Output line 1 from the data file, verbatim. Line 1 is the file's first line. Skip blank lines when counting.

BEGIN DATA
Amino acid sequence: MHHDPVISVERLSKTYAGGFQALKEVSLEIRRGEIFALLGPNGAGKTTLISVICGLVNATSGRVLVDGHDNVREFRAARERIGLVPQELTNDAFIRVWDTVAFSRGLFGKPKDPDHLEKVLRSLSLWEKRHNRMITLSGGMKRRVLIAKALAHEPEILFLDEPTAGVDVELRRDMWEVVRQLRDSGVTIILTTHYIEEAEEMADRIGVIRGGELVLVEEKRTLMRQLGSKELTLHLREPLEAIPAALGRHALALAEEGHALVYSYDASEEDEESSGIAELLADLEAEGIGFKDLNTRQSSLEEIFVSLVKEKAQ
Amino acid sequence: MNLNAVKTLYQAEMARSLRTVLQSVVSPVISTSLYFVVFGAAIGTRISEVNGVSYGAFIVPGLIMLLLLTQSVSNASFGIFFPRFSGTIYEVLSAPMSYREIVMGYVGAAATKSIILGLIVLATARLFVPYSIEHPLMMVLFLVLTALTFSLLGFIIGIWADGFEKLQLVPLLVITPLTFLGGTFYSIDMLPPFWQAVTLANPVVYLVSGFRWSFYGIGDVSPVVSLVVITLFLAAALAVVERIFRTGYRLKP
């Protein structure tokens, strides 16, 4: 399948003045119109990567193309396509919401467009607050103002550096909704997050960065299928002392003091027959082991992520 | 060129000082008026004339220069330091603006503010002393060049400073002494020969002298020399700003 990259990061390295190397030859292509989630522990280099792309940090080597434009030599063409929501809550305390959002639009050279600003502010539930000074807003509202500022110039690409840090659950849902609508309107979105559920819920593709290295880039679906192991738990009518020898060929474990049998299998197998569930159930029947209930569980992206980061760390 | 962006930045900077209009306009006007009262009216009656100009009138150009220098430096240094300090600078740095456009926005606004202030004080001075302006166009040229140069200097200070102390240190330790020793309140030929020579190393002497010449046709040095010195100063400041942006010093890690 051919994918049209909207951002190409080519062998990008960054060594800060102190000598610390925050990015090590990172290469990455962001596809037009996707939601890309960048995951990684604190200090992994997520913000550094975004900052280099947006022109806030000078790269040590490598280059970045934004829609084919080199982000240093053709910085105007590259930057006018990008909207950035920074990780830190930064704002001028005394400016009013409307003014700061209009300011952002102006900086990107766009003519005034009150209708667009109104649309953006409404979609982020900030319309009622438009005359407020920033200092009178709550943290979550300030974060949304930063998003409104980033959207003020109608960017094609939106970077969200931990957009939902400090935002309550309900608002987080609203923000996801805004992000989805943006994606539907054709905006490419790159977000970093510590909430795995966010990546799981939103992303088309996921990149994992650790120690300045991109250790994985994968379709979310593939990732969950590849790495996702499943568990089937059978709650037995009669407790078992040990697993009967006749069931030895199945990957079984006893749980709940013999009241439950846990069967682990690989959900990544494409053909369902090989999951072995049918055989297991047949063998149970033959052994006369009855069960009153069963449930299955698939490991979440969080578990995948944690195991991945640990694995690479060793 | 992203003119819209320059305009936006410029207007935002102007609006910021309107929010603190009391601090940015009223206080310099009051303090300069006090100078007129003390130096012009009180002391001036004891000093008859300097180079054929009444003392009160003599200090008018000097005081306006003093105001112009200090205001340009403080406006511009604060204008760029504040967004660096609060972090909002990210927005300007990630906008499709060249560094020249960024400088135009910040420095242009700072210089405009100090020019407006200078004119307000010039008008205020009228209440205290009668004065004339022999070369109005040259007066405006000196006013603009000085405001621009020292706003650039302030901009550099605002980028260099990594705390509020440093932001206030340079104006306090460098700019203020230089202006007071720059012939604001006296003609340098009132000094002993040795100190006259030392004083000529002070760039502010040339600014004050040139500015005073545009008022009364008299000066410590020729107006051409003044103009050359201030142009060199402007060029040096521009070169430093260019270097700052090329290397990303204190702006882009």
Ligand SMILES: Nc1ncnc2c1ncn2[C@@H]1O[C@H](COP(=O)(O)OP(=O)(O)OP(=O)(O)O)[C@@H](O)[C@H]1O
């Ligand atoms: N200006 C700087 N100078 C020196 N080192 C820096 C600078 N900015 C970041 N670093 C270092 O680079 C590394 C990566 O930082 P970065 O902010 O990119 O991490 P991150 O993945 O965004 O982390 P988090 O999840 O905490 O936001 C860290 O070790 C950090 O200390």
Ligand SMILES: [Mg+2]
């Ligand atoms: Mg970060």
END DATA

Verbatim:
Amino acid sequence: MHHDPVISVERLSKTYAGGFQALKEVSLEIRRGEIFALLGPNGAGKTTLISVICGLVNATSGRVLVDGHDNVREFRAARERIGLVPQELTNDAFIRVWDTVAFSRGLFGKPKDPDHLEKVLRSLSLWEKRHNRMITLSGGMKRRVLIAKALAHEPEILFLDEPTAGVDVELRRDMWEVVRQLRDSGVTIILTTHYIEEAEEMADRIGVIRGGELVLVEEKRTLMRQLGSKELTLHLREPLEAIPAALGRHALALAEEGHALVYSYDASEEDEESSGIAELLADLEAEGIGFKDLNTRQSSLEEIFVSLVKEKAQ